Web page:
The expansion of unconventional resources development has placed emphasis on better understanding of hydraulic fracturing stimulation effectiveness and the area of pay affected by the fracture treatment to optimize well spacing and improve completion and stimulation effectiveness. Existing fracture diagnostic methods such as microseismic monitoring and tiltmeters do not provide information about fracture connectivity to the wellbore. In this paper, we present a chemical tracer flowback based fracture diagnostic and analysis methods to estimate the fractional contribution of each created fracture stage, which is open and connected to the wellbore to help improve field development strategies and provide valuable information on optimal well paths for future drilling and development. The findings out from the stage production contribution profiles using the chemical tracer technology allows engineers to improve stimulation efficiency in multistage hydraulic fracturing horizontal wells applications for completion optimization and production enhancement. Two case histories are presented in which the chemical tracer technology was applied to two horizontal wells. The results of the chemical tracer analysis were correlated to production data, reservoir parameter and other diagnostic tests. The resultant findings from the analysis help evaluate completion and stimulation effectiveness and determine the extent of inter-well connectivity of the fracture network and then used to optimize future completions in the region.
Ibrahim Mohamed, Mohamed (Colorado School of Mines) | Salah, Mohamed (Khalda Petroleum) | Coskuner, Yakup (Colorado School of Mines) | Ibrahim, Mazher (Apache Corp.) | Pieprzica, Chester (Apache Corp.) | Ozkan, Erdal (Colorado School of Mines)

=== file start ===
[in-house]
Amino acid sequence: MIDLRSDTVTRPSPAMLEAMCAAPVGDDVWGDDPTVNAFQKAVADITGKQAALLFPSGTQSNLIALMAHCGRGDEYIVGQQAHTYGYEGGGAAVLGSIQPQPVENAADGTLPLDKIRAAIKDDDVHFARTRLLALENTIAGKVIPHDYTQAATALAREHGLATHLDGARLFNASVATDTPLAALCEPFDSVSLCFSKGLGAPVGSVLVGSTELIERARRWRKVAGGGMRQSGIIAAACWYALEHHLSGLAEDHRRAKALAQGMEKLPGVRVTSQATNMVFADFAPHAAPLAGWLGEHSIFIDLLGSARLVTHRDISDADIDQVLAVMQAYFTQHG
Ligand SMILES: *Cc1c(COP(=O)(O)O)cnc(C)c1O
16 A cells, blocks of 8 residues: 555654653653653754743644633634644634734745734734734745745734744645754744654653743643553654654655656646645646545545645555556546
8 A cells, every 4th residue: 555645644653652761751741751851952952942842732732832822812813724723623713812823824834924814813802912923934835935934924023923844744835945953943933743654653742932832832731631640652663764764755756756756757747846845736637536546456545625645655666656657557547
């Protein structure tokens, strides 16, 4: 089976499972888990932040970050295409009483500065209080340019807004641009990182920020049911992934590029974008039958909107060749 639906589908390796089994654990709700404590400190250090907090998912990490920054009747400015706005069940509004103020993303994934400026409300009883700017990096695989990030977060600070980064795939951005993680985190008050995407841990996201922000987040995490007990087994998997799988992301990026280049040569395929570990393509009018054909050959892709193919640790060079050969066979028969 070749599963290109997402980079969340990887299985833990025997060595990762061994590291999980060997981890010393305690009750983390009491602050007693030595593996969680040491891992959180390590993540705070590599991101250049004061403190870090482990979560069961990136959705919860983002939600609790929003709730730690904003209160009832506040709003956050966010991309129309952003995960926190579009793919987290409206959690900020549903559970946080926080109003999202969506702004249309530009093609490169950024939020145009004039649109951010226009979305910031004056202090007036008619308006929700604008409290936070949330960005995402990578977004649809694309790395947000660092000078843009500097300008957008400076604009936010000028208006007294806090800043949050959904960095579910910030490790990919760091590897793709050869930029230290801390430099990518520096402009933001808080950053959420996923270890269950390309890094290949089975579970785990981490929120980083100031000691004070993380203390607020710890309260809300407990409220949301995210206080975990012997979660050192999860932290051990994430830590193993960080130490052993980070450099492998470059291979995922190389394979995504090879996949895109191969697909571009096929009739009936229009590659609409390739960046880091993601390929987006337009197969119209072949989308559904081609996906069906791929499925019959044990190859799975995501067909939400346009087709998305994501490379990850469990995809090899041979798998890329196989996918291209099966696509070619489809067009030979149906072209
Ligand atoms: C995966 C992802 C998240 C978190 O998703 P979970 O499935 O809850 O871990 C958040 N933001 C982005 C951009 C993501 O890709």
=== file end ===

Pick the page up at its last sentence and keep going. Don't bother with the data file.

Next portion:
A fracability model integrating the rock elastic properties, fracture toughness and confining pressure is presented in this paper. Tensile and compressive strength tests are conducted to define the rock-strength. Geomechanical rock properties derived from analysis of full-wave sonic logs and core samples are combined to develop models to verify the brittleness and fracability indices. An improved understanding of the brittleness and fracability indices and reservoir mechanical properties is offered and valuable insight into the optimization of completion and hydraulic fracturing design is provided. The process of screening hydraulic fracturing candidates, selecting desirable hydraulic fracturing intervals, and identifying sweet spots within each prospect reservoir are demonstrated.
Ibrahim Mohamed, Mohamed (Colorado School of Mines) | Coskuner, Yakup (Colorado School of Mines) | Salah Mohamed, Mohamed (Khalda Petroleum) | Ibrahim, Mazher (Apache Corporation) | Mahmoud, Omar (Apache Corporation) | Pieprzica, Chester (Apache Corporation)
Unconventional reservoirs have been defined as formations that cannot be produced at economic flow rates or that do not produce economic volumes of oil and gas without horizontal well with hydraulic fracture treatments. Horizontal well fracturing efficiency in unconventional reservoirs is the main factor for the success of developing unconventional reservoirs. The early focus of the industry was on the operational efficiency and during this period, the geometric spacing of perforation clusters adopted as the preferred completion method. Cipolla et al. (2011) presented a case study on the interpretation of production logs from hundreds of horizontal wells. The results indicated that 60% of perforation clusters contribute to production when completed geometrically and completion cost could reach more than 60% of the total well cost. Recently, numerous studies have been undertaken to understand this phenomenon. Increasing the stimulation effectiveness and maximizing the number of perforation clusters contributing to productivity was an obvious area for improvement to engineer the completion design. The uniform initiation and distribution of fractures in each frac stage is very complex because there are many factors affecting the fracture initiation such as stress orientation, heterogeneity, existing of natural fractures, and completion design. This paper presents sensitivity studies investigating the effect of the formation permeability, fracture spacing, fracture half-length, fracture conductivity, flowing bottom hole pressure, and outer reservoir permeability on the well ultimate recovery efficiency by using analytical simulator.